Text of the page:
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SERMON I.

ST. MARK xii. 32.

- There is one God, and there is none other but He.

MY Y text contains the great truth which is

the foundation of all that we are to believe, and all that we are to do ; of all our hopes, and all our fears ; of our consolation in this world, and our happiness in the next. I shall not waste your time in endeavouring to prove what no man, who has common sense, can possibly doubt. The fool may say in his heart, there is no God; but no thinking man will or can believe him. When we look at a house, a ship, or any other work of men, we are immediately convinced that it was not formed by chance;

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and when we see what human strength and skill can do, we conclude that such things were made by men like ourselves, and who only differ from us in having applied their strength and skill to those particular purposes.-When we look at a tree, or a flower, at the raging sea, of the stars or heaven, we must be equally convinced that they were not made by chance; and as we know that human strength or skill cannot make them, we must conclude that they are the work of some Being whose power is much greater than ours. Much more when we reflect on ourselves; on the wonderful contrivance of the Body, and the far more wonderful faculties of the Soul; when we feel and know that we are capable of happiness and of virtue ; that we can think, and speak, and act; yet are certain that we did not make ourselves ; common sense must convince us, that we were formed by Him, “in whom we live, and move, and have our being ;''* and we must betions to men, and his will has been made known to them either immediately from Himself, as appears to have been the case when He spake to Adam, to Noah, to Abraham, and others, and when He pronounced the Ten Commandments from Mount Sinai to the whole nation of the children of Israel ; or by the ministry of prophets, who on different occasions have been commissioned to declare his will, and by whom the books of the Old Testament were written. But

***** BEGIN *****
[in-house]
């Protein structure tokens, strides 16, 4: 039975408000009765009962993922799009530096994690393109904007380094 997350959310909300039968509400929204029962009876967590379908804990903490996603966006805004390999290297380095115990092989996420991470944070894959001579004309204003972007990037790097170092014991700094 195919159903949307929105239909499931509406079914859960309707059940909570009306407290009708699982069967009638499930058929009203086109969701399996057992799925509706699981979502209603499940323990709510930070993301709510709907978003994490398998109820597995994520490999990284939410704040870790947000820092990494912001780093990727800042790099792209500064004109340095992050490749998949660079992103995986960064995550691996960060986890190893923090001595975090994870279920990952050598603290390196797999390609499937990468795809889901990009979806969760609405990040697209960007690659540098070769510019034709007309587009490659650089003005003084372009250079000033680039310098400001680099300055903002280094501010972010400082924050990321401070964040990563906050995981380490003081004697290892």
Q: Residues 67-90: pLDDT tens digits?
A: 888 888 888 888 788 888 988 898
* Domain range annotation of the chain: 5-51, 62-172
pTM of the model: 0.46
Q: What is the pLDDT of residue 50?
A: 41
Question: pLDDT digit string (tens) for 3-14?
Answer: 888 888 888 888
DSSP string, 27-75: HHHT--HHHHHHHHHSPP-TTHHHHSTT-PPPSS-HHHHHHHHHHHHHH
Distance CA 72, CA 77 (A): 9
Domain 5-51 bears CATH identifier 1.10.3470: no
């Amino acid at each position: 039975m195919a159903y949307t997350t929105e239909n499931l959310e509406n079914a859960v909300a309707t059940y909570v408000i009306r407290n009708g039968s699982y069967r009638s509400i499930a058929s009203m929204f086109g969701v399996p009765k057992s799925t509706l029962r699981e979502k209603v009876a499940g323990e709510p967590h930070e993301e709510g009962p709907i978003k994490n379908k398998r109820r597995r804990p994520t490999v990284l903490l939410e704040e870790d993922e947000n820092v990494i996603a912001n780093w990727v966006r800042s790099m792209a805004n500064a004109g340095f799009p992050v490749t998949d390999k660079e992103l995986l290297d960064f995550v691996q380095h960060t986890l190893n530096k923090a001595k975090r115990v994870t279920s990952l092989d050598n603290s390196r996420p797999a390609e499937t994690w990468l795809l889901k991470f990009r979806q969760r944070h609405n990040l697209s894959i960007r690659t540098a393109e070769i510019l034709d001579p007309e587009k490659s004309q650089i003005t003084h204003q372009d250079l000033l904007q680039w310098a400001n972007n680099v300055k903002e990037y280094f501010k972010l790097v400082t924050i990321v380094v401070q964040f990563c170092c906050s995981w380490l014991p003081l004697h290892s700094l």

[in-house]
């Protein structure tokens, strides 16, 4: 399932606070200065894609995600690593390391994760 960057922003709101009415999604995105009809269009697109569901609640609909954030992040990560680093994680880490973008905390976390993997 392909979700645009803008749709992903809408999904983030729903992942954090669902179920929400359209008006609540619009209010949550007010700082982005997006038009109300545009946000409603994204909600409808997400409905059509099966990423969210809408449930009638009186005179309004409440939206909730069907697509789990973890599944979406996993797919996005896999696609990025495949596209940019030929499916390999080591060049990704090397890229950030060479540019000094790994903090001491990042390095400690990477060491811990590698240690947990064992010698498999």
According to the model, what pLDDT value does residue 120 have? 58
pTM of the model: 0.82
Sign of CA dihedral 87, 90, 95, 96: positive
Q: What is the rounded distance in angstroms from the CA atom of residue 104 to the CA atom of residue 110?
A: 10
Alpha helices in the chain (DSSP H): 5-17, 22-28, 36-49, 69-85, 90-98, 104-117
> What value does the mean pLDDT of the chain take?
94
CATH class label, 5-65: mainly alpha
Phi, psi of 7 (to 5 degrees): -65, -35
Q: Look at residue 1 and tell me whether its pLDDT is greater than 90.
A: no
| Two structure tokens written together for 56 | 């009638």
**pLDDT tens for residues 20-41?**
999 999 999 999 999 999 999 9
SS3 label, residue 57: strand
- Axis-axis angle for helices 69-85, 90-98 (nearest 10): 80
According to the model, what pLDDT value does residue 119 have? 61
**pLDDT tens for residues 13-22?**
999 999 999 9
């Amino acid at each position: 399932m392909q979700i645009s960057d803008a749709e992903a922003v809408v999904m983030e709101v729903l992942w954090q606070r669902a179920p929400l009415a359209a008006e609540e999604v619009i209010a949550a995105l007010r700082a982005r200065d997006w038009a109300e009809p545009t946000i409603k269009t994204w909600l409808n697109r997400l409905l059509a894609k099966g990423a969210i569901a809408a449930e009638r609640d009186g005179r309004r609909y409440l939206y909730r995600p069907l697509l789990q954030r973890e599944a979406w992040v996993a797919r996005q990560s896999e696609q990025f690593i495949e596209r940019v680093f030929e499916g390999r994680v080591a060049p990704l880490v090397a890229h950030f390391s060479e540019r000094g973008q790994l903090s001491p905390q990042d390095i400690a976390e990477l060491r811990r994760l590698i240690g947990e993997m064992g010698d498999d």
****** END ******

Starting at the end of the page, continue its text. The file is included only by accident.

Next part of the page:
* lieve that there is a God.-But “ no man hath seen God at any time!”+ and all that we can know of his nature, must be what He has been graciously pleased to reveal to us. From the earliest times God has given laws and instruc

* Acts xvii. 28.

† John i. 18.

God, who at sundry times, and in divers manners, spake in time past unto the fathers by the Prophets, hath in these last days spoken unto us by his Son."* Our Saviour Jesus CHRIST came into the world to teach us our duty, to set us an example, and to die for our sins. He proved that he was sent from God, by works which no man can do by his own power. He opened the eyes of the blind, he healed the sick, he cast out devils, he raised the dead. Above all, after having been publicly put to death as a malefactor, he rose triumphant from the grave, lived and conversed forty days with his disciples on earth, and then ascended into heaven, in the presence of numbers who afterwards laid down

* Heb. i. 1.

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their lives to prove the truth of those things which they had themselves seen and heard. These men, to whom our Saviour gave a commission to preach the Gospel to all nations, wrote the Books of the New Testament ; and in these books, which, with the Old Testament, make up the sacred volume which we call the Bible, we may find all the information that is necessary for us, in regard to the nature of God, and our duty to Him; we may learn how to behave in every

situation in this world, and to look beyond this world, to the happiness which is promised to every good man after death. To that book, then, we must apply for information; and from that book I will endeavour to collect the substance of what we are required to believe and to do, in order to obtain the salvation which is there promised to all the faithful servants of God. I hope to do this in such a plain and simple manner as may be understood by all; may be useful to those who have not the advantage of being able to read the Bible themselves; and may afford satisfaction to those who are already well acquainted with that sacred book, by bringing to their remembrance what ought never to be forgotten.

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